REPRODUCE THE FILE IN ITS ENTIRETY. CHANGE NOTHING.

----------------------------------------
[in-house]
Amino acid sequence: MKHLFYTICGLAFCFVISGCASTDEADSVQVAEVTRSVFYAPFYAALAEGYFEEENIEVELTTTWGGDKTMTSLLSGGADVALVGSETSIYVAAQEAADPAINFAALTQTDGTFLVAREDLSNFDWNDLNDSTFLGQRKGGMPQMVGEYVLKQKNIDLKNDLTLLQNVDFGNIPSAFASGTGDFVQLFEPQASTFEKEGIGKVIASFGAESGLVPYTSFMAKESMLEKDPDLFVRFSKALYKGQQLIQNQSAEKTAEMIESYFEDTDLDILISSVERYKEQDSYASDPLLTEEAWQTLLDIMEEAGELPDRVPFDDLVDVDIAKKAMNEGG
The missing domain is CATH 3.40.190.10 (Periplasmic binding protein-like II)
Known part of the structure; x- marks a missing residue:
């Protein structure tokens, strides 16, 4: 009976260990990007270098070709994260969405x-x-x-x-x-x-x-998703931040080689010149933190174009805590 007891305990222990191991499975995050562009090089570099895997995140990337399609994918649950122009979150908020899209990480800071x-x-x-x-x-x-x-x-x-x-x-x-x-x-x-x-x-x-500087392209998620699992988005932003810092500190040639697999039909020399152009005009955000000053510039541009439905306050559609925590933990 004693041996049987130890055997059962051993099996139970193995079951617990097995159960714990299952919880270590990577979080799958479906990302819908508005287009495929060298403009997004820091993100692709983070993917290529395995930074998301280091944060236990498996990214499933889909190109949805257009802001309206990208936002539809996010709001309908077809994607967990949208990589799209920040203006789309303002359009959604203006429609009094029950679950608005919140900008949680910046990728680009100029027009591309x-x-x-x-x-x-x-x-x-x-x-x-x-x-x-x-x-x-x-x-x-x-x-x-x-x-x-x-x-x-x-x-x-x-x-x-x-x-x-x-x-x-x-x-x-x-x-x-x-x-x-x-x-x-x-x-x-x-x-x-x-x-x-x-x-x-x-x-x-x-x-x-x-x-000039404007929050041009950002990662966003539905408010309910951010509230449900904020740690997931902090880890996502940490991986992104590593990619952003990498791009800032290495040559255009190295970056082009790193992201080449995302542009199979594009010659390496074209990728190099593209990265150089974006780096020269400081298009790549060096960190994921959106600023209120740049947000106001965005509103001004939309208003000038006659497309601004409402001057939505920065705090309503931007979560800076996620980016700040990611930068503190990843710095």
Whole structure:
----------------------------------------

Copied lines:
[in-house]
Amino acid sequence: MKHLFYTICGLAFCFVISGCASTDEADSVQVAEVTRSVFYAPFYAALAEGYFEEENIEVELTTTWGGDKTMTSLLSGGADVALVGSETSIYVAAQEAADPAINFAALTQTDGTFLVAREDLSNFDWNDLNDSTFLGQRKGGMPQMVGEYVLKQKNIDLKNDLTLLQNVDFGNIPSAFASGTGDFVQLFEPQASTFEKEGIGKVIASFGAESGLVPYTSFMAKESMLEKDPDLFVRFSKALYKGQQLIQNQSAEKTAEMIESYFEDTDLDILISSVERYKEQDSYASDPLLTEEAWQTLLDIMEEAGELPDRVPFDDLVDVDIAKKAMNEGG
The missing domain is CATH 3.40.190.10 (Periplasmic binding protein-like II)
Known part of the structure; x- marks a missing residue:
């Protein structure tokens, strides 16, 4: 009976260990990007270098070709994260969405x-x-x-x-x-x-x-998703931040080689010149933190174009805590 007891305990222990191991499975995050562009090089570099895997995140990337399609994918649950122009979150908020899209990480800071x-x-x-x-x-x-x-x-x-x-x-x-x-x-x-x-x-x-500087392209998620699992988005932003810092500190040639697999039909020399152009005009955000000053510039541009439905306050559609925590933990 004693041996049987130890055997059962051993099996139970193995079951617990097995159960714990299952919880270590990577979080799958479906990302819908508005287009495929060298403009997004820091993100692709983070993917290529395995930074998301280091944060236990498996990214499933889909190109949805257009802001309206990208936002539809996010709001309908077809994607967990949208990589799209920040203006789309303002359009959604203006429609009094029950679950608005919140900008949680910046990728680009100029027009591309x-x-x-x-x-x-x-x-x-x-x-x-x-x-x-x-x-x-x-x-x-x-x-x-x-x-x-x-x-x-x-x-x-x-x-x-x-x-x-x-x-x-x-x-x-x-x-x-x-x-x-x-x-x-x-x-x-x-x-x-x-x-x-x-x-x-x-x-x-x-x-x-x-x-000039404007929050041009950002990662966003539905408010309910951010509230449900904020740690997931902090880890996502940490991986992104590593990619952003990498791009800032290495040559255009190295970056082009790193992201080449995302542009199979594009010659390496074209990728190099593209990265150089974006780096020269400081298009790549060096960190994921959106600023209120740049947000106001965005509103001004939309208003000038006659497309601004409402001057939505920065705090309503931007979560800076996620980016700040990611930068503190990843710095």
Whole structure: